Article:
After some busy days of sight seeing around Armenia, we didn't actually have any sights to see today; all we had to do was make the four hour drive from our hotel on Lake Sevan up to the Georgian capital Tbilisi, with the small matter of a border crossing in the middle. That didn't make the day boring though, since as we have come to expect, the drive took us through some beautiful scenery on the way. Before we hit the road though, we took a wander down to Lake Sevan to take a few pictures and drip our feet in the water. It was fairly overcast and only about 17 degrees out, but the water wasn't as cold as we expected, and there were quite a few people already out for a swim. We opted not to go any deeper than our ankles, and soon got in the car and departed.
Within a few miles of Sevan we came to a rather old road tunnel through the mountains where we started going downhill, and by the time we came out the other side of it after a few kilometres the landscape had already completely changed from the high altitude lake with no trees in sight, to an alpine landscape covered in green forests. This was another remarkable change in scenery, and we couldn't quite believe what we were seeing. This forested area is where the resort town of Dilijan is located, which I later read is known as Armenian Switzerland due to the close resemblance. The locals have embraced this by building in an alpine lodge style, with many wooden hotels and apartments available or under construction. Given we hadn't long since departed Sevan, and Lucy was fast asleep in the back of the car, we only drove through Dilijan rather than stop for a walk.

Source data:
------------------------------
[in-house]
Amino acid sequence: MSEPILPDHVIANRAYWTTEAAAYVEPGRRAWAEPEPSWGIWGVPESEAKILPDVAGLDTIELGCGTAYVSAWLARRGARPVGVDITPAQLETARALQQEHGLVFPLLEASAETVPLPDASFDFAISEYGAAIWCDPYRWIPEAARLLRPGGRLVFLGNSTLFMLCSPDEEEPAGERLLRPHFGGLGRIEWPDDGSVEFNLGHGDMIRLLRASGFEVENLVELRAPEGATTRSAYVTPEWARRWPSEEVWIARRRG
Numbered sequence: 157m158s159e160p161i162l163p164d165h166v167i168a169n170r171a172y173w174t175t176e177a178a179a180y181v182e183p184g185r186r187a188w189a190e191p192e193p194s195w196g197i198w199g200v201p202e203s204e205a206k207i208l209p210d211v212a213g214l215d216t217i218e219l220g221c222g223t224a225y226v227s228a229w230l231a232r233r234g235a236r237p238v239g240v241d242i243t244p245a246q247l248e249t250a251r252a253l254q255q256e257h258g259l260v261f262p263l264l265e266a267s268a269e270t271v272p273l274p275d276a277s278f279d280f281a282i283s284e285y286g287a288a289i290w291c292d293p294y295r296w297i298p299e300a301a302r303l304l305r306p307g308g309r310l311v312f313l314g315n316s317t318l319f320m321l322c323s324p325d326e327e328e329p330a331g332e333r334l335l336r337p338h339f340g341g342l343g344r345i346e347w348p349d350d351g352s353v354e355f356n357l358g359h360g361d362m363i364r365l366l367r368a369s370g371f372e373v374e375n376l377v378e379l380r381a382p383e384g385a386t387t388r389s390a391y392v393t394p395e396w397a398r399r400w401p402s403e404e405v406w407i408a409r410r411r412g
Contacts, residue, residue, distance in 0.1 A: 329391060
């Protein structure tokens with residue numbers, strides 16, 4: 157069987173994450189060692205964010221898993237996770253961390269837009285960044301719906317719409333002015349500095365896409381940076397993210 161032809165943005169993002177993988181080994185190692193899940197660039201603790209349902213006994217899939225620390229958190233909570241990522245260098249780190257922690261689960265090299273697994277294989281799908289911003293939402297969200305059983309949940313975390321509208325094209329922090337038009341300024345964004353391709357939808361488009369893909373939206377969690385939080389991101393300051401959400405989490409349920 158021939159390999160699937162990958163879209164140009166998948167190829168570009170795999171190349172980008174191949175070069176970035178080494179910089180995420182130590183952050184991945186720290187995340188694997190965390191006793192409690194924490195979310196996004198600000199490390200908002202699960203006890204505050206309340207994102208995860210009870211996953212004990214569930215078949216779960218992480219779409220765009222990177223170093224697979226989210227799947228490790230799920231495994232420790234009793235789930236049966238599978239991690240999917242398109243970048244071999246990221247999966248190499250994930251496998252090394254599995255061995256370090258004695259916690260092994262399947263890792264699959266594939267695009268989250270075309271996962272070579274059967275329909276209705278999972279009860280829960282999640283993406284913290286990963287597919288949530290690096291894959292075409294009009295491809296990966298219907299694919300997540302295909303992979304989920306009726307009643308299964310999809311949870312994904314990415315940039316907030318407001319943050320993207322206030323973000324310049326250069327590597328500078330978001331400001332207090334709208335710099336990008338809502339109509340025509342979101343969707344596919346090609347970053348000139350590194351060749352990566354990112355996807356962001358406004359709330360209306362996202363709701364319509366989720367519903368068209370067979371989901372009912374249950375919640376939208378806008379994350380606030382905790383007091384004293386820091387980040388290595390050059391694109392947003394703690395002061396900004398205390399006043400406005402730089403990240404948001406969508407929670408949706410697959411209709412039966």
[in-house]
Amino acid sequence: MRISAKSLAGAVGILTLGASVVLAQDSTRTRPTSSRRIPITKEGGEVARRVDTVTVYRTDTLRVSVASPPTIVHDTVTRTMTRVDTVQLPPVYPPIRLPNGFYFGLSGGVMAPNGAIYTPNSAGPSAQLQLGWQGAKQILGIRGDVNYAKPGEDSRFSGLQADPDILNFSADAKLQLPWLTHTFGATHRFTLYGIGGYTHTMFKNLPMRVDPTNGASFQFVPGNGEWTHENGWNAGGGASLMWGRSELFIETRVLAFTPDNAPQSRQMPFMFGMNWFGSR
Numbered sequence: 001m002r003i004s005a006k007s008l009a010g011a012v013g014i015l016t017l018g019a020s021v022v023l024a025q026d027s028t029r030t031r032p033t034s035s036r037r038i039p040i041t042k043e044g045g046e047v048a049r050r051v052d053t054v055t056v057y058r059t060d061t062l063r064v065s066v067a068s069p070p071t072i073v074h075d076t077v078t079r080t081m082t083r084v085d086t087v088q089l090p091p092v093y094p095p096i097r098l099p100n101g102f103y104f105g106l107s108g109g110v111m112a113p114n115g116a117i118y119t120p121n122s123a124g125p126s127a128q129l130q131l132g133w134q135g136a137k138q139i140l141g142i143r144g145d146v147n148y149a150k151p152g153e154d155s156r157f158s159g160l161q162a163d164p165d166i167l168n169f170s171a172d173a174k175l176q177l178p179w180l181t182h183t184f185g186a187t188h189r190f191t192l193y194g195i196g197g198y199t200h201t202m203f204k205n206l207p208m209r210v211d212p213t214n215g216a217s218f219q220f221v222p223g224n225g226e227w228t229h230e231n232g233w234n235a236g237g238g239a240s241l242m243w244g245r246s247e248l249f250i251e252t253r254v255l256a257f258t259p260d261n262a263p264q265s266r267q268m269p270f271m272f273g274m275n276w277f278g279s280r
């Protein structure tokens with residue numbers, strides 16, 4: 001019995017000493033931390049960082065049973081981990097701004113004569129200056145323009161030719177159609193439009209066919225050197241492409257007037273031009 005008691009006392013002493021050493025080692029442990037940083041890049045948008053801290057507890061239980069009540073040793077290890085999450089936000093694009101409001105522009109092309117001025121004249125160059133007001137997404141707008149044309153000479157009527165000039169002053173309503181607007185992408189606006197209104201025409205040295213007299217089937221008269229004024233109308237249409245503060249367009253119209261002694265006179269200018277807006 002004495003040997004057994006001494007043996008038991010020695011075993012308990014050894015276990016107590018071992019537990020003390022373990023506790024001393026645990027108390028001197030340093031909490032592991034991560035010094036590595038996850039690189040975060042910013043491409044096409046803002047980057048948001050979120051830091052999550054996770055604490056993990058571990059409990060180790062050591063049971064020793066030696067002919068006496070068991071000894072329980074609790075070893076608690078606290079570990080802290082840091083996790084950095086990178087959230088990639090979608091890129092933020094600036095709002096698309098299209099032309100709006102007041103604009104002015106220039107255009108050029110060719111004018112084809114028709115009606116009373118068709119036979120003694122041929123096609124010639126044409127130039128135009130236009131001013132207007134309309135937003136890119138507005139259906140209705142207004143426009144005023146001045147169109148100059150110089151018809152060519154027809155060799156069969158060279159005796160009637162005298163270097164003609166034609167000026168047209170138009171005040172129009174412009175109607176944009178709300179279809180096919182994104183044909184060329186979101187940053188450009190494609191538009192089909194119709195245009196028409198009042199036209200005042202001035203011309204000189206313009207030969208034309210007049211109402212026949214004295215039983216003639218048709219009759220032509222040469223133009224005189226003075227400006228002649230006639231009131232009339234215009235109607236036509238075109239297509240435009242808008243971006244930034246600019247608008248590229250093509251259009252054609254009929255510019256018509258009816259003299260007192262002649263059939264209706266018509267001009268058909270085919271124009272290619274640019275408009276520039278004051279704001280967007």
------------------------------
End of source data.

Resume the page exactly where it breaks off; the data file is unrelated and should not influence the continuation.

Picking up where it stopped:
The next part of the drive took us through Dilijan National Park which continued the alpine theme, and we bizarrely saw a tortoise crossing the road at one point. The mountains then climbed higher to the sides of us and we were driving along a river in a valley on the next stretch. This brought us to the town of Alaverdi where we stopped for lunch by the river. Alaverdi turned out to be quite an interesting place, with huge Soviet era buildings all around, many of which were completely abandoned including a large factory. It felt a bit like a place that time had forgotten about, and the grey overcast weather helped to add a bit of atmosphere to the decaying buildings. Reading a bit online this evening, it sounds like Alaverdi is still an important industrial town in Armenia - perhaps we missed a newer factory hidden in the forest!
Shortly after Alaverdi we arrived at the Armenia/Georgia border, which I'm pleased to report was a much quicker experience than the border going the other way. First on the Armenian side they made all passengers including babies get out of the car and use the passenger terminal. I was then on my own with Summer, but with only a few cars in front of me it didn't take very long. While I was in the queue a customs official came over and asked for the copy of the customs declaration document for the car which had taken us so long to get on the way into Armenia. He didn't even look at it before walking off to the next car. Once I reached the front, the border official was quite amazed by my passport, studying the front intently. He looked up after a little bit and asked amazedly "England??", which I confirmed. He then asked "English??" which I also confirmed. He looked very pleased with himself, and then stamped me out. Luckily none of the hassle with the car documents and licence plates this time!